The inhabitants of the city sent an ambassador to Queen Elizabeth I of England seeking her assistance, but Elizabeth – still bound by her 1572 treaty with France (the Treaty of Blois (1572)) – was only able to send a limited number of ships led by Gabriel, comte de Montgomery. Seven ships arrived in February 1573, but a larger group of ships were forced to turn back by the French navy in April 1573 (retreating to Belle Île and then Jersey). The majority of the city's dwindling resources were supplied through small naval raids on Catholic (principally Spanish) ships (which were also being attacked by the Dutch gueux de mer corsairs). To block La Rochelle's ships' access to the sea, the Duke of Nevers sank a large barge, with no effect. (In the siege of 1627-28, Cardinal Richelieu would construct a massive sea barricade to block the city).
At the end of May 1573, Henry of Anjou learned that he had been elected King of Poland, a country with a large Protestant minority, and political considerations forced him to negotiate an end the assault. An agreement was reached on 24 June 1573 and Catholic troops ended the siege on 6 July 1573.
The fourth phase of the Wars of Religion was brought to a close by the Edict of Boulogne signed in July 1573. La Rochelle was designated as one of the three cities in France where the Protestant faith was permitted, but only under strict conditions.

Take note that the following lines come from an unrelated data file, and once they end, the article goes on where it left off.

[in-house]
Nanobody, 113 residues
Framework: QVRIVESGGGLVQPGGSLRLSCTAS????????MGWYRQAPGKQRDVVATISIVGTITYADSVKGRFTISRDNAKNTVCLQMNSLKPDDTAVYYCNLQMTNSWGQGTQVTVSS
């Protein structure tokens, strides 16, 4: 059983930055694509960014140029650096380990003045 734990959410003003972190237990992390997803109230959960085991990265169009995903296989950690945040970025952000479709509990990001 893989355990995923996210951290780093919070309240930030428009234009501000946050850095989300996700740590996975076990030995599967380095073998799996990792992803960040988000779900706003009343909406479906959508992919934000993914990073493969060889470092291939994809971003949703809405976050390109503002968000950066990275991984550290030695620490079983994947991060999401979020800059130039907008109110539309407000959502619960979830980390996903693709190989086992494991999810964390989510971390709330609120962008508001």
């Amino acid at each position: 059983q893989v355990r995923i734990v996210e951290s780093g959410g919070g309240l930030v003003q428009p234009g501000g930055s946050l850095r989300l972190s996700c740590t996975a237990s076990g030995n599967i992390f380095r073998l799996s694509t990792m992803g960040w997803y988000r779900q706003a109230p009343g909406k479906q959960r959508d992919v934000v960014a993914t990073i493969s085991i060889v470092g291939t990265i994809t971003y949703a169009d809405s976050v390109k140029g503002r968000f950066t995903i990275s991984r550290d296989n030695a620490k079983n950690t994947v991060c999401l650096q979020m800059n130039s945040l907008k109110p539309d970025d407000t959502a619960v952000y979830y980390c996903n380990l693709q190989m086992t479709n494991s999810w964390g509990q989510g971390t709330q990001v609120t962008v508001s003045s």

- The rise and fall of Renaissance France, 1483-1610 Robert Jean Knecht p.373
- Jouanna, p.1391.
- Memoirs of Maximilian de Bethune, duke of Sully p. 20
- Jouanna, p.207.
- Jouanna, p.209.
- Jouanna, pp.211–2.
- Jouanna, p.211.
- Jouanna, p. 208.
- (French) Arlette Jouanna and Jacqueline Boucher, Dominique Biloghi, Guy Thiec. Histoire et dictionnaire des Guerres de religion. Collection: Bouquins. Paris: Laffont, 1998. ISBN 2-221-07425-4
- R. J. Knecht, The French Wars of Religion 1559–1598 (Seminar Studies in History) ISBN 0-582-28533-X
- Portions of this article are based on a translation of the article Siège de La Rochelle (1573) from the French Wikipedia, retrieved on 16 March 2007.